Hello - I have a site where the header is the same all over the site, means when I want a noindex it will be on whole site, but I want this noindex just on a part of the site, like example.php is there a way how I can do that, create a seperate head tag just for that section of the site. Im not interested in a robots.txt solution
"Two versions of the header" is the first thing that comes to mind. Do your index and no-index files have something in common, like location, or are they randomly mixed all over the place? Are the headers constructed by a php script? (You said "example.php" but this is the HTML forum, so I can't tell :()
If the files are distinguished in some obvious way, it should be pretty trivial to write a couple of extra lines of php telling it to look at the name of the requesting file. If the name includes /openfolder/ use the OK-to-index version. If the name includes /closedfolder/ use the noindex version.
If the whole header is assembled on the fly, then of course you wouldn't need the different versions. You'd just have that one extra <meta blahblah noindex> tag, either included or omitted.
head tag is on the index.php (maybe this really should be on the php section of ww) then some folders deep a little like wordpress we have the theme, one page there is picture.php where i would like to have a meta noindex, but there header from index.php is all over.
incrediBILL - it dont have to be a header solution, but robots.txt would not work be cause block each page will take 2 Month. if there is another solution to have a no index on my final pages as I call it, that would also be great.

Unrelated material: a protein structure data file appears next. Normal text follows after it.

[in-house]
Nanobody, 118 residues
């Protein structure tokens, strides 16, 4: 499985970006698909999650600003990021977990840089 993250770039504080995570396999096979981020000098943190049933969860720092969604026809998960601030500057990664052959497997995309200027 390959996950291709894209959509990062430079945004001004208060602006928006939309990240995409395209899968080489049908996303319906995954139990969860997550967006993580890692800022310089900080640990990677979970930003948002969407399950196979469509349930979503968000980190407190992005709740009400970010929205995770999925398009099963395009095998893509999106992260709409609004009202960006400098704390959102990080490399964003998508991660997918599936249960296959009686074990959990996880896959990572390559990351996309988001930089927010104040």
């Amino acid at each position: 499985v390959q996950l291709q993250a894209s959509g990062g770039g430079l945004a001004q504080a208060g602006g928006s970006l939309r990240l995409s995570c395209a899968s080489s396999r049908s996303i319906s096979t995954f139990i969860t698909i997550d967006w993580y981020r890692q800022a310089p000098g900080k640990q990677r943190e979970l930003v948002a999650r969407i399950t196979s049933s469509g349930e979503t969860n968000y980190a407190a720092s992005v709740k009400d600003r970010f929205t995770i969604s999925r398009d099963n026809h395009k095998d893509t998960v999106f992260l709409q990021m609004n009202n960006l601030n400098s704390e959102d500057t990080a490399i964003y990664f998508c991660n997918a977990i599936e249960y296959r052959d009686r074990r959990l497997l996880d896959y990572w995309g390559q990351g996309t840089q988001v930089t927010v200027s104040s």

I don't think NOINDEX works any faster if that's your only criteria. I've had robots.txt blocking alter what's in Google's index pretty fast in some instances, not so fast in others. However, if you want to speed up the process, after altering robots.txt or whatever, go into WMTs and use Crawler Access -> Remove URLs to get rid of them quickly.
I apologize. I was in a crazy mood the other day, but I didn't want to put anybody on the spot.
I did a little research and found some information about what I had in mind. I intended to suggest that a <Files> directive could be used to manage this issue in one fell swoop. You could use something like:
<Files "contact.html"> Header set X-Robots-Tag "noindex" </Files>
This example only works with the named file, but you can expand it to use regular expressions by preceding the file name with a "~" or by using <FilesMatch>. If you wanted to assign this header to a directory, you could use the <Directory> directive instead as well. Both Google and Bing support this feature.
Oh, and going back to the OP, plus his later explanation of why robots.txt won't cut it:
No matter what approach you take, if you want the pages to disappear right away, you will have to go into gwt and remove them manually. The "noindex" tag by itself won't make search engines delete the file from existing indexes; nothing will change until the next time they come looking for the file.